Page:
At its core Cartesian works on customer analytics to help drive repeat, retention, lifetime value, and enterprise-wide decision support. Our work spans segmentation and profiling, customer lifecycle management, predictive model builds, association and recommendation engines, campaign testing and impact measurement, relevance building in communication.
Beyond the usual CRM goals the company also help clients use data across multiple functions such as pricing, location planning, channel performance measurement, product lifecycle management, assortment and merchandising.
Cartesian is a 60 person organization in Mumbai, Bangalore, Delhi and Singapore, servicing clients in over 10 countries.
In an interview with Analytics India Magazine, Sandeep Mittal of Cartesian Consulting talks more about Cartesian Consulting.
AIMAnalytics India Magazine: What are some of the main tenets (philosophies, goals, attributes) of analytics approach and policies at your organization?
SMSandeep Mittal: Our vision is to be the best blend of marketing and analytical thinking you can get on this planet earth. We’re pretty serious about that – the blend bit (and, well, the planet Earth bit too). It means being more than data driven, it also means being customer obsessed.
AIM: Can you brief about some of the services you provide?
SM: Loads of customer analytics – segmentation, models for response, repeat, churn, cross sell etc, customer journeys and product lifecycles, LTV and engagement measures. In addition we’re also doing some very new work around Pricing, Assortment and Merchandising for retail clients, Scheduling and marketing spends optimization.
AIM: What are the key differentiators in your analytical solutions?
SM: I think the key is that we really get Direct Marketing. It’s in our DNA. So we don’t just build models but we converse wide and deep with clients on the messaging, the offer, the testing, the things that make campaigns successful and also fun.
AIM: Please brief us about the size of your organization and what is hierarchal alignment, both depth and breadth.
SM: We’re 60 people in 4 offices – Bombay, Bangalore, Delhi and Singapore. Growing quick.
AIM: What are the planned next steps/ road ahead for your organizations?
SM: We’re a rare domestic-focused analytics firm who, having built up our capabilities and reputation with some solid domestic clients are now headed outward – so that’s one. The other is to shrinkwrap some of our stellar work into solutions that are more easily taken across clients – as against doing things bespoke all the time currently. What we won’t change however is the consultative approach, and the fact that we need to constantly get the marketing/ business side of things.
AIM: What are the most significant challenges you face being in the forefront of analytics space?
SM: Mature marketing departments amongst prospects and clients who get how to use us, and then use us well. And people, of course, that old grouse – we have a superb team and have very good retention of staff but hiring new is always tough.
AIM: How did you start your career in analytics?
SM: I didn’t. I started it in CRM and Direct Marketing where the data side was always very important. One lived and breathed it before one thought of it as “analytics”. The more analytical side of it all came easily enough though when one got into the deep end of it.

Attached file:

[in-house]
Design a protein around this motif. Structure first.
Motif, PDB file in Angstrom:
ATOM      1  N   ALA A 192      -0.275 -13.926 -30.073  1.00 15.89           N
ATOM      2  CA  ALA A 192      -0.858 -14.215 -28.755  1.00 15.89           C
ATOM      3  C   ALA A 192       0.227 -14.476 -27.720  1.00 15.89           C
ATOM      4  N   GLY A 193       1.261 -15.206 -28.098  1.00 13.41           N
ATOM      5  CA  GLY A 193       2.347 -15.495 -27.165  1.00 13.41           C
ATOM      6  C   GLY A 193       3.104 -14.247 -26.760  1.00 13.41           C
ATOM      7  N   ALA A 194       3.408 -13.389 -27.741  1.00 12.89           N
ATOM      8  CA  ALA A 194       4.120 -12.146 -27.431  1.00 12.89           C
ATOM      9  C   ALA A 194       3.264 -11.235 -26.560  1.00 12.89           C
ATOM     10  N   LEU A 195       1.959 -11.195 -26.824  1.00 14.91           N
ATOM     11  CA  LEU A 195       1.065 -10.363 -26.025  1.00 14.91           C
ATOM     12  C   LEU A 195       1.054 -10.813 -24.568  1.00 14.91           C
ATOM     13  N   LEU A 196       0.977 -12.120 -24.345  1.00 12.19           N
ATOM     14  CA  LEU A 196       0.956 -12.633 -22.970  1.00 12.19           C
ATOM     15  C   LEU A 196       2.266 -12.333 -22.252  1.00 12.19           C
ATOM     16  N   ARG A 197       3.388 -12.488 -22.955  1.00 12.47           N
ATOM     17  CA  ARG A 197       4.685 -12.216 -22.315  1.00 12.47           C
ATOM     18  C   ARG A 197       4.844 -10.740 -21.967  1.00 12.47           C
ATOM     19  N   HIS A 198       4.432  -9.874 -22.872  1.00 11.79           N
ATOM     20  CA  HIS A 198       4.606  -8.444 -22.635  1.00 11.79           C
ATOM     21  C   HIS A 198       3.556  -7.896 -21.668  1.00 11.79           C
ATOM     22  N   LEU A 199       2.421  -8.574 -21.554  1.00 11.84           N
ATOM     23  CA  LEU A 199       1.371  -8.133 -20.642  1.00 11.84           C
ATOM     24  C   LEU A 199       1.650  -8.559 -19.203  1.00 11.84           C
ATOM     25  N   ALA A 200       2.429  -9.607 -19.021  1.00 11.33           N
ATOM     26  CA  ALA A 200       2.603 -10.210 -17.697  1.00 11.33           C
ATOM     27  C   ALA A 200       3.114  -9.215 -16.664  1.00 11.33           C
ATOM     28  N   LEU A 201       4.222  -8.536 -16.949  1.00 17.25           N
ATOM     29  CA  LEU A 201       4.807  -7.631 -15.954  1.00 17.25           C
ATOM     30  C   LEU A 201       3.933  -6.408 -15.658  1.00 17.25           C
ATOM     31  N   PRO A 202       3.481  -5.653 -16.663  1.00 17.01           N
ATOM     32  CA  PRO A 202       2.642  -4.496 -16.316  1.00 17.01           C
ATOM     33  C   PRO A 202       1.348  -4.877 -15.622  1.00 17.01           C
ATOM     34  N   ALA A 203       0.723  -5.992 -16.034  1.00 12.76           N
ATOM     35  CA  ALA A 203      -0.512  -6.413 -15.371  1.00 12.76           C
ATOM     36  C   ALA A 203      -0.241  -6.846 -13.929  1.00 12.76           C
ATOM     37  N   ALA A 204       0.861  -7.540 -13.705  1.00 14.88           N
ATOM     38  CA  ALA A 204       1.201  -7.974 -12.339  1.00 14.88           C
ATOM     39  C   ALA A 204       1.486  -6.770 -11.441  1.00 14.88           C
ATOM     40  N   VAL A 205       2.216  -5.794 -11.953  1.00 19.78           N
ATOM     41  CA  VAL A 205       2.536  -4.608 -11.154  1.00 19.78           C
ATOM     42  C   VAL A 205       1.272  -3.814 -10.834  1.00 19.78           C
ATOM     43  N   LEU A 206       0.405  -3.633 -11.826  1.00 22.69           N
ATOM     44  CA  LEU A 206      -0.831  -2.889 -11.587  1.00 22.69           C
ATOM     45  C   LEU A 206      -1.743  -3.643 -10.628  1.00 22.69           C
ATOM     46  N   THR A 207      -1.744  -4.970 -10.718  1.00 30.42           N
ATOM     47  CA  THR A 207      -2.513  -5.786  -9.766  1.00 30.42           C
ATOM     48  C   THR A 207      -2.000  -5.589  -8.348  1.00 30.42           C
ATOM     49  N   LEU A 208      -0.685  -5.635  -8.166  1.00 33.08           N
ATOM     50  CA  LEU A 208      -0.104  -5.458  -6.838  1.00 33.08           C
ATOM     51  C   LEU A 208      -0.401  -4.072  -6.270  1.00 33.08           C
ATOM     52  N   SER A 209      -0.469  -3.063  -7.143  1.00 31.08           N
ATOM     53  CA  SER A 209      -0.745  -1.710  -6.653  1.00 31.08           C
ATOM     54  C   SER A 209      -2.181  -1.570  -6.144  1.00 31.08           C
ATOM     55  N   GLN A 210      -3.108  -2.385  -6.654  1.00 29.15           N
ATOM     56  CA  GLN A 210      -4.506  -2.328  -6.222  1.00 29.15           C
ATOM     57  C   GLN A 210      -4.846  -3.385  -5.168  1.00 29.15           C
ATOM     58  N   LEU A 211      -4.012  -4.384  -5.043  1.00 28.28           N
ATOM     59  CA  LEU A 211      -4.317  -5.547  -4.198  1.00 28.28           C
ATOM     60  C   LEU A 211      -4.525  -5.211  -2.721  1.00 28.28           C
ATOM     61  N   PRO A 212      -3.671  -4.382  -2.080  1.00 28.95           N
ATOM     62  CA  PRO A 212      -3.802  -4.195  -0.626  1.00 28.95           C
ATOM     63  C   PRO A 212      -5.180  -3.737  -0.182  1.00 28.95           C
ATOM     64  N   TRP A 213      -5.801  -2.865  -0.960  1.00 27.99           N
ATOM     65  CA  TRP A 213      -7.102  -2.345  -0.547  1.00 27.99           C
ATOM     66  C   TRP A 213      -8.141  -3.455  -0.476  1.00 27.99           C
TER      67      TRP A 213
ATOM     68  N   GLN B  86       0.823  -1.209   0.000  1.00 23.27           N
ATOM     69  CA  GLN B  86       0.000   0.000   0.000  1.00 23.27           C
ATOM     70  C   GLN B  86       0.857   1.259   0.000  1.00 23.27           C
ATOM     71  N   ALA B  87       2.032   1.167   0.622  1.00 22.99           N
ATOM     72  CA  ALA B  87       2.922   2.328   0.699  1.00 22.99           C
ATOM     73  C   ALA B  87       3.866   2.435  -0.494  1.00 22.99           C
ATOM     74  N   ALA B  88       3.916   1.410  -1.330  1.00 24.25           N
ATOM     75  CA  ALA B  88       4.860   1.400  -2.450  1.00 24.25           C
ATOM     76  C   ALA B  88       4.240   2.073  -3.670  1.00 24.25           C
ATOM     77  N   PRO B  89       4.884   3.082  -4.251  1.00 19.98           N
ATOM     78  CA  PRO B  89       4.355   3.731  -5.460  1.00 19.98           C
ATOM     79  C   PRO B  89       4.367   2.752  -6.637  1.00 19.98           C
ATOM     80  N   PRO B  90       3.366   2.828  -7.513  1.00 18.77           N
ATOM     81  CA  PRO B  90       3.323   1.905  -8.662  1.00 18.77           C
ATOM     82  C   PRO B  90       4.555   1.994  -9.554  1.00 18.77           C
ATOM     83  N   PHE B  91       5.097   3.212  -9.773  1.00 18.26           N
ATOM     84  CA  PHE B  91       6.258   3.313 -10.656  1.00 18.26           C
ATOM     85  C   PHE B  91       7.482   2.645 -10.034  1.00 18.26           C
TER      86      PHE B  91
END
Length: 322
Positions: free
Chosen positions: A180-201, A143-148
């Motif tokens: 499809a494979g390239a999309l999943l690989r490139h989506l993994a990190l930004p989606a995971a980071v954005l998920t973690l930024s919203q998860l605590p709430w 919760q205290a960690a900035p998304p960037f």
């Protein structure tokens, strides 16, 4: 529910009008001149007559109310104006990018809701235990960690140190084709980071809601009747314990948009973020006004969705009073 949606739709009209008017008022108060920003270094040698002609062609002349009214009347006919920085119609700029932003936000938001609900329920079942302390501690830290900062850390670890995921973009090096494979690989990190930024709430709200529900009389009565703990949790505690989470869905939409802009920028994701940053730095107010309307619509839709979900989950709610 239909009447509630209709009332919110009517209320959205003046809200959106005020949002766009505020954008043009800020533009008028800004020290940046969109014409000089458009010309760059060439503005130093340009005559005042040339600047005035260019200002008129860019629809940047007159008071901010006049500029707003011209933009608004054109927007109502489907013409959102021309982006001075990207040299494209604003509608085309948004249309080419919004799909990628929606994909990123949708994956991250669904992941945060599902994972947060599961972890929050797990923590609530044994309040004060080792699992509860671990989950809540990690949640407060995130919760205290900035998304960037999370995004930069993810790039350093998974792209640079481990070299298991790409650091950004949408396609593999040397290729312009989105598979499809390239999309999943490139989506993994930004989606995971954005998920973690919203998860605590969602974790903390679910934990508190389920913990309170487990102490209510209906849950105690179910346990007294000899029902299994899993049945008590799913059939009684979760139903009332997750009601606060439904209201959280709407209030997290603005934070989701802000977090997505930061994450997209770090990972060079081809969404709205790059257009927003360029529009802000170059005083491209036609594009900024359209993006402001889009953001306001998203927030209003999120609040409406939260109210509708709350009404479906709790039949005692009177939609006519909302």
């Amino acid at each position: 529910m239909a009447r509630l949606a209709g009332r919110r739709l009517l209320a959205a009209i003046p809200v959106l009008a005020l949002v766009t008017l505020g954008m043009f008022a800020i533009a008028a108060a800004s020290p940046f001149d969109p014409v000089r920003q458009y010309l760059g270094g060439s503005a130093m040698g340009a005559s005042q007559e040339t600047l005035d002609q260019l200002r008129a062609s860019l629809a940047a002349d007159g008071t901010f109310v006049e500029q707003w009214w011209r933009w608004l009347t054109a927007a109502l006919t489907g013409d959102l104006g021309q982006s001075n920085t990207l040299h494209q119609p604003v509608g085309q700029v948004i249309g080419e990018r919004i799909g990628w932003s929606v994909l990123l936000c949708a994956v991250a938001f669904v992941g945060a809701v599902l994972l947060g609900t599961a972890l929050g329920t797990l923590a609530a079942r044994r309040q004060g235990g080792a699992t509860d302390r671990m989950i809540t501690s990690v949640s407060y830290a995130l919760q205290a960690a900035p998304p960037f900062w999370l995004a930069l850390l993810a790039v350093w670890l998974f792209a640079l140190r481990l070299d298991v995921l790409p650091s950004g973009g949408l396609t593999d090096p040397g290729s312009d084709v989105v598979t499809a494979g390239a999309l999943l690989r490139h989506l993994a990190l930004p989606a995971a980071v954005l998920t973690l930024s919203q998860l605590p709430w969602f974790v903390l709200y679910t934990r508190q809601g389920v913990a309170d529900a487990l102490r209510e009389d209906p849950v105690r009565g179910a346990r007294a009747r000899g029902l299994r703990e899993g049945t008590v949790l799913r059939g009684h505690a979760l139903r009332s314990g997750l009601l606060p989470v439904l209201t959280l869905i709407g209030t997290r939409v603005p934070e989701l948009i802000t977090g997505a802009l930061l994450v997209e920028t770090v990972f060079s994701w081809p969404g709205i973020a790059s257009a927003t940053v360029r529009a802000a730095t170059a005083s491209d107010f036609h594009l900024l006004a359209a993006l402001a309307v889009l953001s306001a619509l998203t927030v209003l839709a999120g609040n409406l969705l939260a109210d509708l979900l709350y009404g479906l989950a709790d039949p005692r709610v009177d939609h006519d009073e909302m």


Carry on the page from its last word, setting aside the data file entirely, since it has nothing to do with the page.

AIM: What kind of knowledge worker do you recruit and what is the selection methodology? What skill sets do you look at while recruiting in analytics?
SM: It’s a mix really – lots of Engineer + MBAs, lots of MSc Stats, lots of BTechs. Finally smarts and attitude matter, and in our work where everyone is client facing so do communication skills and the ability to manage client relationships. I really believe in bringing in people who haven’t necessarily been in our industry all their lives, we’ve had some super hires from unlikely places.
AIM: How do you see Analytics evolving today in the industry as a whole? What are the most important contemporary trends that you see emerging in the Analytics space across the globe?
SM: The main evolution is the visibility and noise the industry is getting. The principles and what is eventually delivered is slower to change… especially if you’ve been doing this for a while. More data and better tools are great, but the end delivery of either great insight or great action still needs the very basics of smart people giving the data plenty of quality time. To me the best outcome of all the visibility is that a lot of smart people will come to the industry and lift what it delivers across the board.
AIM: Who do you think your main competitors are?
SM: IT departments with BI projects that are also expected to deliver customer insight and CRM campaigns. Seriously! As for the handful of other folks doing what we do one thinks of them as peers first and competition next –we’re all helping educate and grow the market after all.
AIM: Anything else you wish to add?
SM: I cringe a lot in conferences. There’s too much buzz-word and framework speak with too little real experience sharing. And I truly cringe at the big “B” word too. Down in the trenches, little has changed for smart folks working on tens of millions (perhaps) of rows of data to deliver better value from the customer base. It’s still rooted in having a good blend of (direct) marketing and analytical thinking and that’s where we love to play.